1. The requirement of unconditional surrender of Japan was decided with the Potsdam Declaration on July 26, 1945. It was based on negotiations between the US, USSR and GB. The role of the Emperor was deliberately not included in that declaration. The Japanese, through the USSR, attempted to get a commitment from the Allies about the future role of the Emperor. This commitment was refused. There was no commitment at the time of surrender to the future role of the Emperor.

2. Admiral King, U.S. Naval Commander-in-Chief stated that the naval blockade of Japan alone would have "starved the Japanese into submission if we had been willing to wait."

3. I agree with you if the only choices are binary, invasion or atomic bombing. I still believe that there was a third choice available to Allied cause which was a blockade if the only issue was the surrender of Japan.

4. Admiral Leahy, the highest ranking military officer the US armed forces during WWII stated in his memoirs the following.

"Once it had been tested, President Truman faced the decision as to whether to use it. He did not like the idea, but he was persuaded that it would shorten the war against Japan and save American lives. It is my opinion that the use of this barbarous weapon at Hiroshima and Nagasaki was of no material assistance in our war against Japan. The Japanese were already defeated and ready to surrender because of the effective sea blockade and the successful bombing with conventional weapons … My own feeling was that in being the first to use it, we had adopted an ethical standard common to the barbarians of the Dark Ages. I was not taught to make wars in that fashion, and that wars cannot be won by destroying women and children."

My critique of the use of the atomic bomb was a view held by many at the time.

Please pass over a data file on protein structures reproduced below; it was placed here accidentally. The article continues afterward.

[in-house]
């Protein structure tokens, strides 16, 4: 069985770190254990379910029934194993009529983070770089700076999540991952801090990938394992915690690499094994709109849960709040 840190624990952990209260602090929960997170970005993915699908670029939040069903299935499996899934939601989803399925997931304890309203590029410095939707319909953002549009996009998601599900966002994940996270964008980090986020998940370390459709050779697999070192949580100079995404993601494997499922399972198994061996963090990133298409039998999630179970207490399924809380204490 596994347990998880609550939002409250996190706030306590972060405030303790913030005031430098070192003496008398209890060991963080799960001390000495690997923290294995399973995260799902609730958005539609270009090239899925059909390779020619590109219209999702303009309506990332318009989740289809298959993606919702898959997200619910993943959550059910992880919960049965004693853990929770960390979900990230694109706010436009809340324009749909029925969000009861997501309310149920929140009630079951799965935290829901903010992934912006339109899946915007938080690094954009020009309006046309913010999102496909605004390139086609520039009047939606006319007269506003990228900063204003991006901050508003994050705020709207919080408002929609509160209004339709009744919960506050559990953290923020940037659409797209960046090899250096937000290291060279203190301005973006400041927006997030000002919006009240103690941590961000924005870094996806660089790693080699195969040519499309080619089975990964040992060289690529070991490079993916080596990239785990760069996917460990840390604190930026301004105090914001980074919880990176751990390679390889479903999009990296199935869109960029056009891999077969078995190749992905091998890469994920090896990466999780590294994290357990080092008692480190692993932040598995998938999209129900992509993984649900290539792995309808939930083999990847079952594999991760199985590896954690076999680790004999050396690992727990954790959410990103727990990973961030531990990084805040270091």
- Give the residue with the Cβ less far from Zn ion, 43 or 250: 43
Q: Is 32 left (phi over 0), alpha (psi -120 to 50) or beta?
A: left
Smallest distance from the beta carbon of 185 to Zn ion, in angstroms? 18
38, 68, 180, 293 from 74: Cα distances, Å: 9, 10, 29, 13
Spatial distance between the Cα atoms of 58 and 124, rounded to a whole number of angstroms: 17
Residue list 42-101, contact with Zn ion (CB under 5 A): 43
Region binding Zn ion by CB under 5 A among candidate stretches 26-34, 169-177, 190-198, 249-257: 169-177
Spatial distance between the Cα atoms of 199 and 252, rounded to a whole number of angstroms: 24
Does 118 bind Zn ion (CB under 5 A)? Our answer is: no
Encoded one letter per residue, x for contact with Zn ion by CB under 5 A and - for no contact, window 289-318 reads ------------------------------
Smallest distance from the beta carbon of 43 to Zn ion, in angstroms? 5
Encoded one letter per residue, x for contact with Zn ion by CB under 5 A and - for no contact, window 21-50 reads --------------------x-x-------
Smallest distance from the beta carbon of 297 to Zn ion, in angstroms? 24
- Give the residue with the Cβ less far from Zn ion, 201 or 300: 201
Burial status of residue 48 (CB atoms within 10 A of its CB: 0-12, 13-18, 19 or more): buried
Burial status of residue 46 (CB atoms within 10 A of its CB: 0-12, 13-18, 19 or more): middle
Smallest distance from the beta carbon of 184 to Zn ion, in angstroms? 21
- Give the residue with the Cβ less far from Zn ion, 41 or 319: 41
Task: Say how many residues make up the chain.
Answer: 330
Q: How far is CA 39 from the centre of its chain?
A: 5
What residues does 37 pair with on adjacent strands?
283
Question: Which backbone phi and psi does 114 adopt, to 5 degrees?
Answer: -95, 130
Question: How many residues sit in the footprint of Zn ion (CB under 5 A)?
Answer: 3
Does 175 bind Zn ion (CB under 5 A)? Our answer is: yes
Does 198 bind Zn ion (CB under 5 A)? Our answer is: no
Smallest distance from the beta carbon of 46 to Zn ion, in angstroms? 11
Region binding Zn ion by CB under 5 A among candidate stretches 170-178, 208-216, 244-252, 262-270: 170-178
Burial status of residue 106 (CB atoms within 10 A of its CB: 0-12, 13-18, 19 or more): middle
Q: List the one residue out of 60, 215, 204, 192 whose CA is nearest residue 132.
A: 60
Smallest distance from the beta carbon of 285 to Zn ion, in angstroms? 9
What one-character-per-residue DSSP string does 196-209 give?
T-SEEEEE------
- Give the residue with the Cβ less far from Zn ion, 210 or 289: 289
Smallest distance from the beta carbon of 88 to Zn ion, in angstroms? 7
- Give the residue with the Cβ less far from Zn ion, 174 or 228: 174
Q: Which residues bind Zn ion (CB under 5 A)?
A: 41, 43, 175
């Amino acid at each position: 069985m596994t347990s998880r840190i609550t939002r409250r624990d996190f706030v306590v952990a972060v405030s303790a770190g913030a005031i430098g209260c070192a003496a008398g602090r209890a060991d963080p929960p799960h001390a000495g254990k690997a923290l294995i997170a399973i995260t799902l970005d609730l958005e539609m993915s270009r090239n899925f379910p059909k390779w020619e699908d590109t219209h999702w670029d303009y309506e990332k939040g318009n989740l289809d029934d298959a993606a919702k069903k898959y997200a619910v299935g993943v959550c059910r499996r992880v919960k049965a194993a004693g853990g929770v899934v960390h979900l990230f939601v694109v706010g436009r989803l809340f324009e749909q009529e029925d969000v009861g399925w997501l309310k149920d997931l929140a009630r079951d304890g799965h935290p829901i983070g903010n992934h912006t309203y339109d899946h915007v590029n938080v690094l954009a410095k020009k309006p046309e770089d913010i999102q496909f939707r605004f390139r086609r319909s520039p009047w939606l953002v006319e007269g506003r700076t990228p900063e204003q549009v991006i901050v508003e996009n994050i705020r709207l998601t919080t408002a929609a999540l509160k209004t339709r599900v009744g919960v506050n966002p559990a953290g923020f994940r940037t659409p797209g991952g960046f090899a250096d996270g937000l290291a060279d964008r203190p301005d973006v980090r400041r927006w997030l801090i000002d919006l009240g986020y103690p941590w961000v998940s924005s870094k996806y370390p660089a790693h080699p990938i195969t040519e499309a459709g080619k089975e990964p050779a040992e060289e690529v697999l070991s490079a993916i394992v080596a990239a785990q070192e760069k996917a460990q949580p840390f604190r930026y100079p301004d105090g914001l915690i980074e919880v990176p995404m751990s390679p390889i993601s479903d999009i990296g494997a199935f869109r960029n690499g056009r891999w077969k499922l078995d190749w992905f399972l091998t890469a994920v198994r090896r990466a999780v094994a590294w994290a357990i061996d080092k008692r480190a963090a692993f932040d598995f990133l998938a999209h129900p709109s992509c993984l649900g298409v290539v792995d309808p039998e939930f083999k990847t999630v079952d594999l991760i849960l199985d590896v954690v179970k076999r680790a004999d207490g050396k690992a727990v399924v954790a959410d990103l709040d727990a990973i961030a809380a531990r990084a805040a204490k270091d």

5. By Potsdam the US did not want the USSR involved in war against Japan. SB's assertion that the Truman administration was friendly towards the Soviet Union is incorrect. There was a major course correction in US foreign policy after the death of Roosevelt. While many of Roosevelt's main advisors stayed on in the 1st term Truman administration the primary protagonist for good relations with the USSR was Roosevelt himself. The USSR was never going to be a major player in any direct of invasion of Japan but they were insisting, on the basis of their invasion of Manchuria, that they be a party to its occupation, something the US would not countenance.

7. Again, I believe you are mistaken about this claim. The Suzuki government notified the Allied governments on August 14, 1945 that they accepted the terms of Potsdam Declaration. The Declaration specifically stated the unconditional surrender of all Japanese forces. There was no commitment to the Suzuki government of the status of the Emperor in a post war Japan.

My critique of the dropping of atomic bombs on Japan is rooted in historical critique and is not a later redacted scapegoating of a difficult historical decision.

Again, thanks for your comments. It helped me refine my own.

Personal logo SBminisguy Supporting Member of TMP26 Mar 2020 8:30 p.m. PST

Respectftully:

2. Admiral King, U.S. Naval Commander-in-Chief stated that the naval blockade of Japan alone would have "starved the Japanese into submission if we had been willing to wait."

Of course he did! The USN and the USAAF were politicking al the time over who was most important, but his opinion was not shared by the Japanese nor those whose planning was based on ground combat against them.

3. I agree with you if the only choices are binary, invasion or atomic bombing. I still believe that there was a third choice available to Allied cause which was a blockade if the only issue was the surrender of Japan.